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Building a hybrid land cover map with crowdsourcing and geographically weighted regression
- See, Linda, Schepaschenko, Dmitry, Lesiv, Myroslava, McCallum, Ian, Fritz, Steffen, Comber, Alexis, Perger, Christoph, Schill, Christian, Zhao, Yuanyuan, Maus, Victor, Siraj, Muhammad Athar, Albrecht, Franziska, Cipriani, Anna, Vakolyuk, Mar’yana, Garcia, Alfredo, Rabia, Ahmed H., Singha, Kuleswar, Marcarini, Abel Alan, Kattenborn, Teja, Hazarika, Rubul, Schepaschenko, Maria, van der Velde, Marijn, Kraxner, Florian, Obersteiner, Michael
- ISPRS journal of photogrammetry and remote sensing 2015 v.103 pp. 48-56
- climate change, land cover, land use, models, moderate resolution imaging spectroradiometer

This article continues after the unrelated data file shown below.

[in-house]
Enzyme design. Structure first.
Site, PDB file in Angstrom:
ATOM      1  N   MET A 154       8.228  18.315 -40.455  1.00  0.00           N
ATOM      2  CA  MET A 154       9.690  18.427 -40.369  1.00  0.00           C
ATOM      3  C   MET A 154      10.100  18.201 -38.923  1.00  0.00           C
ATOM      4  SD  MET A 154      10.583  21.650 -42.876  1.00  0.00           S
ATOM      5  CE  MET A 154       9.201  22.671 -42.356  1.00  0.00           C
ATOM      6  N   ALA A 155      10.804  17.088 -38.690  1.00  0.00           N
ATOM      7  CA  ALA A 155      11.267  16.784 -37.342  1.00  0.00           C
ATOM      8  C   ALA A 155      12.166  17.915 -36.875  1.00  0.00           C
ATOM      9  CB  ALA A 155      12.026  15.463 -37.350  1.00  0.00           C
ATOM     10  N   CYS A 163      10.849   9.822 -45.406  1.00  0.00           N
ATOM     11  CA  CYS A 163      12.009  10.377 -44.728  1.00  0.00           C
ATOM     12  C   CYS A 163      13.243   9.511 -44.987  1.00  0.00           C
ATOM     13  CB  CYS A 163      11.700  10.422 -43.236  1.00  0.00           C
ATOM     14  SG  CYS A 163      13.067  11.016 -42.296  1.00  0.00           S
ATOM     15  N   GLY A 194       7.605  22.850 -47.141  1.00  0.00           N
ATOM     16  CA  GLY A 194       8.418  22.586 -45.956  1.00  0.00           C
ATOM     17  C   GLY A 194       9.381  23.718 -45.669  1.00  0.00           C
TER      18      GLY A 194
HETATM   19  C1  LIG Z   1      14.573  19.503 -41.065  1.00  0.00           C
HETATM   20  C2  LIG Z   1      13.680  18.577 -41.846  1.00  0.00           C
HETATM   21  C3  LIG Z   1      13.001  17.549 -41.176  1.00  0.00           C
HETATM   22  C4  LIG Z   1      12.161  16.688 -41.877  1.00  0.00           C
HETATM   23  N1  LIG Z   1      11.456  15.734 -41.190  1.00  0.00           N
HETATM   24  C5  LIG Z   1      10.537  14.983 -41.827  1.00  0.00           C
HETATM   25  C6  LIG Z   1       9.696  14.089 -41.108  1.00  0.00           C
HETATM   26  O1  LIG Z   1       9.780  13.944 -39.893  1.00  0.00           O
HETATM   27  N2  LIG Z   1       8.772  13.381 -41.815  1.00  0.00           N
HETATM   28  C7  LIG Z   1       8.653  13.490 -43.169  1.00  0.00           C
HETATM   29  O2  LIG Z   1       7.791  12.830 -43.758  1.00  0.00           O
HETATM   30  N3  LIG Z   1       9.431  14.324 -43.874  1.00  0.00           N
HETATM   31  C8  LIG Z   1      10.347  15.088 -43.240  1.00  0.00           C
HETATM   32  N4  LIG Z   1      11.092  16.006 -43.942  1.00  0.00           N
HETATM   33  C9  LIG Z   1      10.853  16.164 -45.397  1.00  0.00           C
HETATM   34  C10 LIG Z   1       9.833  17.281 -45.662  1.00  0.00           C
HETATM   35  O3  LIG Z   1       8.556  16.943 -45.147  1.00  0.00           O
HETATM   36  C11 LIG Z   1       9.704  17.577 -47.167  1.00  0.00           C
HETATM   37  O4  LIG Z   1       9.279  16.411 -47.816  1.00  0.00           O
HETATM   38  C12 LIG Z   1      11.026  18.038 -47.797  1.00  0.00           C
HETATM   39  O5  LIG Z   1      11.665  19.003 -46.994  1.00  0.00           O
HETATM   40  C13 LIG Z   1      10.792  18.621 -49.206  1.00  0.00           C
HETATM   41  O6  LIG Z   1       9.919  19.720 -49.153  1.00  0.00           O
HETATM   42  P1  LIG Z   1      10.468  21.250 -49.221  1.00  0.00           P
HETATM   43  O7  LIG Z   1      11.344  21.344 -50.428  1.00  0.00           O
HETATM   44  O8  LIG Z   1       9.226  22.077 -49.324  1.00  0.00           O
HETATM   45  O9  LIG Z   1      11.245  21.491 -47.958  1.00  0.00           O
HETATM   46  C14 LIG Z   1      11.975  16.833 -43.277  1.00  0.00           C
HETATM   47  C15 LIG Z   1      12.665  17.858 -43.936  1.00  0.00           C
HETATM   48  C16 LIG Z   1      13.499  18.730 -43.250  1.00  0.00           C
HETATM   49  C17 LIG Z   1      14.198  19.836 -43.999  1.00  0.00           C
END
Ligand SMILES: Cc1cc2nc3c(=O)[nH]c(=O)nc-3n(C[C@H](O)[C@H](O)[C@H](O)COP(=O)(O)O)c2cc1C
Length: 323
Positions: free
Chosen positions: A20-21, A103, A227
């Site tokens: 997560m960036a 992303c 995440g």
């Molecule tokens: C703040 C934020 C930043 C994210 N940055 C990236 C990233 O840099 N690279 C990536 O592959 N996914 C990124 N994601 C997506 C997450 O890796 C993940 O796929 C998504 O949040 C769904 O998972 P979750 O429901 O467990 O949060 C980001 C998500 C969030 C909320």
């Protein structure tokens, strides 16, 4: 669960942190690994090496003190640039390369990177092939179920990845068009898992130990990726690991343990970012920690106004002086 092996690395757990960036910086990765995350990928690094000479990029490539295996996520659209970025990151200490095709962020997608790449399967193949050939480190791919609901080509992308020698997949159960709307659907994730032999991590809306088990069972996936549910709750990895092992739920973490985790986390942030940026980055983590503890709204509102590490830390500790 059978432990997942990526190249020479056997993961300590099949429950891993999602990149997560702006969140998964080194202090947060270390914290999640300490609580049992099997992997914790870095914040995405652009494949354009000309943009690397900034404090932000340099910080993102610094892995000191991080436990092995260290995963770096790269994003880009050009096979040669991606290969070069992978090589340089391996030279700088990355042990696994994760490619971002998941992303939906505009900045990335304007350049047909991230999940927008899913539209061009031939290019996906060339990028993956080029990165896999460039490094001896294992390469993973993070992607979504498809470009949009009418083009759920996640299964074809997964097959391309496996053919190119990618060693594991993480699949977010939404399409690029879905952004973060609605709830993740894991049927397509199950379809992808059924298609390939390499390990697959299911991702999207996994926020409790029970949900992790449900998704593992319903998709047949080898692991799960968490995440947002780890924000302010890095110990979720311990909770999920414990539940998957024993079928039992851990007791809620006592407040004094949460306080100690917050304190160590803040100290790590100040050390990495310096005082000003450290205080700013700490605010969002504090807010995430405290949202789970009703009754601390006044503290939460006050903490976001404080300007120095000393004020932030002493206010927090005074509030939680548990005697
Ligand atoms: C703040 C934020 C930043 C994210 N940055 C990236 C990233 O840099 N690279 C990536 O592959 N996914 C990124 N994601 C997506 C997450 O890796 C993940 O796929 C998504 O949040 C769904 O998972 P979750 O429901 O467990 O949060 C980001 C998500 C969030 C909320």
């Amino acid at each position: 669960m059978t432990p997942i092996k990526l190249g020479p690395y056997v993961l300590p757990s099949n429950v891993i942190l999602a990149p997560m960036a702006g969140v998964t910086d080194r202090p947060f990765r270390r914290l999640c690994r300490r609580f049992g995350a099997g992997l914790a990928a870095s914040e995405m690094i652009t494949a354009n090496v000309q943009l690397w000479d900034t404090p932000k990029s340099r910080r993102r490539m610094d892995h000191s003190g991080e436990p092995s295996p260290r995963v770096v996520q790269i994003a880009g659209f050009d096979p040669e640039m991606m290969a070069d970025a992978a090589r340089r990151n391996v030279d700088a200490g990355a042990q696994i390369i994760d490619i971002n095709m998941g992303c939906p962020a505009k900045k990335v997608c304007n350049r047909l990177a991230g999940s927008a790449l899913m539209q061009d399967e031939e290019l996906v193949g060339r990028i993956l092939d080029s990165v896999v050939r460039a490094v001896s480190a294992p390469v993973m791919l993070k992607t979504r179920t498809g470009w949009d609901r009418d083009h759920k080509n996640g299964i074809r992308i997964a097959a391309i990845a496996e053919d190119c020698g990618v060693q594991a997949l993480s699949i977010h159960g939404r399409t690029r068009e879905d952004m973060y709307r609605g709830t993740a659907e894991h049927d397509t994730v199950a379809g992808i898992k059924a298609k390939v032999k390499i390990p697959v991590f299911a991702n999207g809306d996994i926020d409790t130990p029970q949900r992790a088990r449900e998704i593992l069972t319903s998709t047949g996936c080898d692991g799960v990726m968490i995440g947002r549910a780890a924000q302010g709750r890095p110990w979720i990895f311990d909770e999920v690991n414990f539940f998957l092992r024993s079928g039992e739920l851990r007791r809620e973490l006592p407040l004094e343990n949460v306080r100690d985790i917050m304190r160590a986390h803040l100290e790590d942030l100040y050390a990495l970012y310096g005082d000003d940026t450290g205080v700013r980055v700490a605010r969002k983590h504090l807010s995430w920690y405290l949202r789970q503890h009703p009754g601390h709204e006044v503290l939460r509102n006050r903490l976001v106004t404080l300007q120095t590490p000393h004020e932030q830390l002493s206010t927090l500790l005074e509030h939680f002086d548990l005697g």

- Land cover is of fundamental importance to many environmental applications and serves as critical baseline information for many large scale models e.g. in developing future scenarios of land use and climate change. Although there is an ongoing movement towards the development of higher resolution global land cover maps, medium resolution land cover products (e.g. GLC2000 and MODIS) are still very useful for modelling and assessment purposes. However, the current land cover products are not accurate enough for many applications so we need to develop approaches that can take existing land covers maps and produce a better overall product in a hybrid approach. This paper uses geographically weighted regression (GWR) and crowdsourced validation data from Geo-Wiki to create two hybrid global land cover maps that use medium resolution land cover products as an input. Two different methods were used: (a) the GWR was used to determine the best land cover product at each location; (b) the GWR was only used to determine the best land cover at those locations where all three land cover maps disagree, using the agreement of the land cover maps to determine land cover at the other cells. The results show that the hybrid land cover map developed using the first method resulted in a lower overall disagreement than the individual global land cover maps. The hybrid map produced by the second method was also better when compared to the GLC2000 and GlobCover but worse or similar in performance to the MODIS land cover product depending upon the metrics considered. The reason for this may be due to the use of the GLC2000 in the development of GlobCover, which may have resulted in areas where both maps agree with one another but not with MODIS, and where MODIS may in fact better represent land cover in those situations. These results serve to demonstrate that spatial analysis methods can be used to improve medium resolution global land cover information with existing products.